Alternatively, an author may simply misunderstand a joke. If their story features three anthropomorphic pigs, and you joke that it should also include a big bad wolf, the author might misread that as legitimate feedback and start trying to incorporate a big bad wolf. By the time you straighten out the confusion, a lot of time and effort has been wasted. Editing is all about clarity, and since you don’t know how an author will interpret your jokes, it’s best to leave them out entirely.
The only caveat is for editors and authors who have worked together for a long time—years, at least. By that point, you can develop the rapport needed for the author to know you’re joking, and you’ll in turn know what jokes will make the author smile rather than sending them into a funk.
4. Know If You Should Give Suggestions
Okay, you’ve asked questions and written feedback that starts with praise and doesn’t contain any jokes. In fact, you’ve really done your homework, and your feedback includes detailed suggestions on how the author can solve all the problems you’ve found. Next thing you know, the author is chewing your ear off about how this is their work, not yours: you don’t get to write it!
Alternatively, maybe you only pointed out the the story’s problems and left it completely up to the author to solve those problems. After all, it’s the author’s story, not yours. Now you never hear from the author again as they stare blankly at a list of issues they don’t know how to fix.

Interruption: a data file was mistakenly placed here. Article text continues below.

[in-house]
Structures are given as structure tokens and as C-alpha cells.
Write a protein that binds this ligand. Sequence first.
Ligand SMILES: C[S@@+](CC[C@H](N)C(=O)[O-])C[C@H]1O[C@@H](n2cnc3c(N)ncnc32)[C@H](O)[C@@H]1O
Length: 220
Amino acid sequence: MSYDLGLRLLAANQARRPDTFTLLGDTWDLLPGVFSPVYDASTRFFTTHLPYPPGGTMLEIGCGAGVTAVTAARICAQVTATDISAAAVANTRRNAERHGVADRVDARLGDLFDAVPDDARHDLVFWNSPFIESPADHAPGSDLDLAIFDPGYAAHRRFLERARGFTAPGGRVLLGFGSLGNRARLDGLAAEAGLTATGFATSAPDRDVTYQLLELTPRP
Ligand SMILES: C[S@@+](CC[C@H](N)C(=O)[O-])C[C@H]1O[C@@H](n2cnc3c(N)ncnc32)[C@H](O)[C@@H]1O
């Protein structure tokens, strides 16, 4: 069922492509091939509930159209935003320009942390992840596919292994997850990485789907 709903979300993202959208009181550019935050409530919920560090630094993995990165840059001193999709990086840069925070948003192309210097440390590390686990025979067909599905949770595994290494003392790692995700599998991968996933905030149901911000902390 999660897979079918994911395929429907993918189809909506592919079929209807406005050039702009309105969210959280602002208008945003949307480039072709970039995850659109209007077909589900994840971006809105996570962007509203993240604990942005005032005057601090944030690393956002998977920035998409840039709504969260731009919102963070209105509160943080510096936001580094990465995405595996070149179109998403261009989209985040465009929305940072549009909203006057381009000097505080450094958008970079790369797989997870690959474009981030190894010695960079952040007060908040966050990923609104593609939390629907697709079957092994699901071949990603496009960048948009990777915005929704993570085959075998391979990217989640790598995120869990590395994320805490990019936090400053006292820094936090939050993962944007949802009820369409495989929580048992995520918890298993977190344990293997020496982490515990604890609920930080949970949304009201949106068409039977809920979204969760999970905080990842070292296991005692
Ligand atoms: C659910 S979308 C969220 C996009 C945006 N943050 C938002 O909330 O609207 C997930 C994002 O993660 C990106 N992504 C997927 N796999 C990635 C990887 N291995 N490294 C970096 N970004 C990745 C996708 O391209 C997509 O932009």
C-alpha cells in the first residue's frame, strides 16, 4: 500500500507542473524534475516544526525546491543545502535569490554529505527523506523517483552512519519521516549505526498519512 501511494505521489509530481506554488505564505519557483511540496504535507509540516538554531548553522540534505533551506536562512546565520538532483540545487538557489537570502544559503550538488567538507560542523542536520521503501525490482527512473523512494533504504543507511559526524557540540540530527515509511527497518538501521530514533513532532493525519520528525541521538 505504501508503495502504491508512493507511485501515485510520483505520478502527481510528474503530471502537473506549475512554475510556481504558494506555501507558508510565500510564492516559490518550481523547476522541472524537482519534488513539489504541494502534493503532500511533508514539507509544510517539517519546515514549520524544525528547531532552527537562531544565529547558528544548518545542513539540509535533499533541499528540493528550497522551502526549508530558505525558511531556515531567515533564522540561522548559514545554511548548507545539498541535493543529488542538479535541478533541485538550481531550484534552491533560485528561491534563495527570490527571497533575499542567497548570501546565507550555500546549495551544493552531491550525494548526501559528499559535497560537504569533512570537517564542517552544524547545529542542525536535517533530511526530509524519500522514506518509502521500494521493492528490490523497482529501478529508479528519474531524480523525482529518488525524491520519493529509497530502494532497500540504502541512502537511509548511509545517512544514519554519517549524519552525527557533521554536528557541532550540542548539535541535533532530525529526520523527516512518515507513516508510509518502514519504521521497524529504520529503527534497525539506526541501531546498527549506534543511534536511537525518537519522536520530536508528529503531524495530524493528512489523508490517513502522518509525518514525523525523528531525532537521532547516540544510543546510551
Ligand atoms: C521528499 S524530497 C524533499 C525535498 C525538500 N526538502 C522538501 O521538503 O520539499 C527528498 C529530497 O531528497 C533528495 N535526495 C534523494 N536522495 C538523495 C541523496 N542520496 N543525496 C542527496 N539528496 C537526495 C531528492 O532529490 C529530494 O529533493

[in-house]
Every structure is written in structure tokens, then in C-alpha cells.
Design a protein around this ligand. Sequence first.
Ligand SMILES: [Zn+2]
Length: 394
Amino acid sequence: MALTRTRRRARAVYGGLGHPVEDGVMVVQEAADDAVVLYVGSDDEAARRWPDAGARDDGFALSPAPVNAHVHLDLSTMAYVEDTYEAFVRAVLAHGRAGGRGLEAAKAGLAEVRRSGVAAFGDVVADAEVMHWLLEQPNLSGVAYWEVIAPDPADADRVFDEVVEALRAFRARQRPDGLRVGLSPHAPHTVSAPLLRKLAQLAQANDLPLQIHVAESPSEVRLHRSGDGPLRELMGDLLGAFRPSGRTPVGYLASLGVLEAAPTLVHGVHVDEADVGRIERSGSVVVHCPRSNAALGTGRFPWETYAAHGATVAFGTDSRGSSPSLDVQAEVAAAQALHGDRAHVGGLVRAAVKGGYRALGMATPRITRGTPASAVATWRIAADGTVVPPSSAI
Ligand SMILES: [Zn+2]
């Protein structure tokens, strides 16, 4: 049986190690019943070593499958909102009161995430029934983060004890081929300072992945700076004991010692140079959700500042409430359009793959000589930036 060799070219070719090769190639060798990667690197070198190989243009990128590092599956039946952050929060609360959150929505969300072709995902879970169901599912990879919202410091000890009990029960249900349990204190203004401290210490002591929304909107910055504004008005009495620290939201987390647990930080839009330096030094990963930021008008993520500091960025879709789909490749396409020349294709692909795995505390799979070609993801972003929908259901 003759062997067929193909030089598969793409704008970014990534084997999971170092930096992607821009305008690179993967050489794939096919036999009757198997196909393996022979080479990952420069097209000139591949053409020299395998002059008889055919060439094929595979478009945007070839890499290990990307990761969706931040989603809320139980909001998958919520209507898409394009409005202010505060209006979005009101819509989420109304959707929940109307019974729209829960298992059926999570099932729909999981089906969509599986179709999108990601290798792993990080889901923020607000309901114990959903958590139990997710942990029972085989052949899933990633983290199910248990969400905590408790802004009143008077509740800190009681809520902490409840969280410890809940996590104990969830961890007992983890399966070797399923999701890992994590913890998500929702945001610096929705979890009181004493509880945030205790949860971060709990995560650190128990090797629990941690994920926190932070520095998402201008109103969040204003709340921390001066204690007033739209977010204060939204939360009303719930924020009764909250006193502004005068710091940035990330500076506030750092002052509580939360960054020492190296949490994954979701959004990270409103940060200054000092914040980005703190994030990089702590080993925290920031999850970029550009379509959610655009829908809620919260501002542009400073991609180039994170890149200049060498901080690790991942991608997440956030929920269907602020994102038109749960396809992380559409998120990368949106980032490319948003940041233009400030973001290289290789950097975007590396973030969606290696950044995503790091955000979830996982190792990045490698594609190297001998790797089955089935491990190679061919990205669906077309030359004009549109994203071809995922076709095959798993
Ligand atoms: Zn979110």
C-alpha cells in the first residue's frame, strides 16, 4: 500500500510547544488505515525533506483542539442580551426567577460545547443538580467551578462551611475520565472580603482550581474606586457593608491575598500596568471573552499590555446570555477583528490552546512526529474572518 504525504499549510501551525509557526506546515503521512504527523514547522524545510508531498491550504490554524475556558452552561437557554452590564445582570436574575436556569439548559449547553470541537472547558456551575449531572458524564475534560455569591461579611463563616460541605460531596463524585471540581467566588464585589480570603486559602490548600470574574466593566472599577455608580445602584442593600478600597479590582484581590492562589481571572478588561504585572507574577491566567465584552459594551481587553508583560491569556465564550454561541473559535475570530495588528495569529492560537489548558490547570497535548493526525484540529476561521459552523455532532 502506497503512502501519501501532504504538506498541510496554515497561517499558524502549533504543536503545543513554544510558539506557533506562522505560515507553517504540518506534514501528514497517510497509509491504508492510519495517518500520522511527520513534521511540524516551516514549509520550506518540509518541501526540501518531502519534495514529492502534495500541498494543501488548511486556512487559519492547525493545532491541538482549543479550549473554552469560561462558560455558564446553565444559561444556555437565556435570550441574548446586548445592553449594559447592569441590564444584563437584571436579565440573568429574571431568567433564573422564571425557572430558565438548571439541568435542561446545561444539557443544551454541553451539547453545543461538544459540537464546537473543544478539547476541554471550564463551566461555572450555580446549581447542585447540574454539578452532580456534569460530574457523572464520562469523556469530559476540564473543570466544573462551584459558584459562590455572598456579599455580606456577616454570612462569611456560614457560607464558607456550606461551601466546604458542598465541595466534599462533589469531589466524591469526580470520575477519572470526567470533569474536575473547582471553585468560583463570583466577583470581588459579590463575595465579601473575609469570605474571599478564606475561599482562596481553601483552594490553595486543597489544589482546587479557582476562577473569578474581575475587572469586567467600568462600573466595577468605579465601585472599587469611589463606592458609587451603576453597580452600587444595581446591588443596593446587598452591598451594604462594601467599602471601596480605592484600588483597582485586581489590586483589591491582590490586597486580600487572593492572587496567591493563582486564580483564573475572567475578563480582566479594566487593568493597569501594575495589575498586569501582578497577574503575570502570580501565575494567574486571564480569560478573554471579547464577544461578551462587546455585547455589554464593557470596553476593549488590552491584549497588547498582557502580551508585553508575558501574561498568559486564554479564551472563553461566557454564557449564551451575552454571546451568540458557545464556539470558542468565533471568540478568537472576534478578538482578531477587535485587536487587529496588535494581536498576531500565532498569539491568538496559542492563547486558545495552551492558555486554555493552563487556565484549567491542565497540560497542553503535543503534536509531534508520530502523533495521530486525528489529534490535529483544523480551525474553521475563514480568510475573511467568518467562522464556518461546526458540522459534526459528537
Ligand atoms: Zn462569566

Suggesting solutions is a delicate matter for dev editors, and every author requires a different approach. Some authors will see your suggestions as trespassing on their sacred storytelling rights. They only want to know what’s wrong with the story, and then they’ll go out and forge solutions alone. Other authors absolutely need your suggestions. They don’t know a way forward on their own. Still others will be happy to see your suggestions and then go off to make their own changes.
It’s vital to know what kind of author you’re dealing with. The best way is to simply ask them upfront at the same time you’re asking about the story in general. If the author is reasonable, they’ll tell you the style they prefer, and that’ll be the end of the matter.
Of course, it’s not always that simple. Some authors will say they don’t want suggestions, but they will be unable to make changes without them. Others will insist suggestions are welcome and then argue ceaselessly about any you give. In a perfect world, we wouldn’t work with unreasonable authors, but red pens won’t buy themselves. You’ll get a sense for what style suits an author best the more you work with them, but early on it’s best to err on the side of more suggestions. It’s easier for a writer who doesn’t need suggestions to ignore them than it is for an author who does need suggestions to work without them.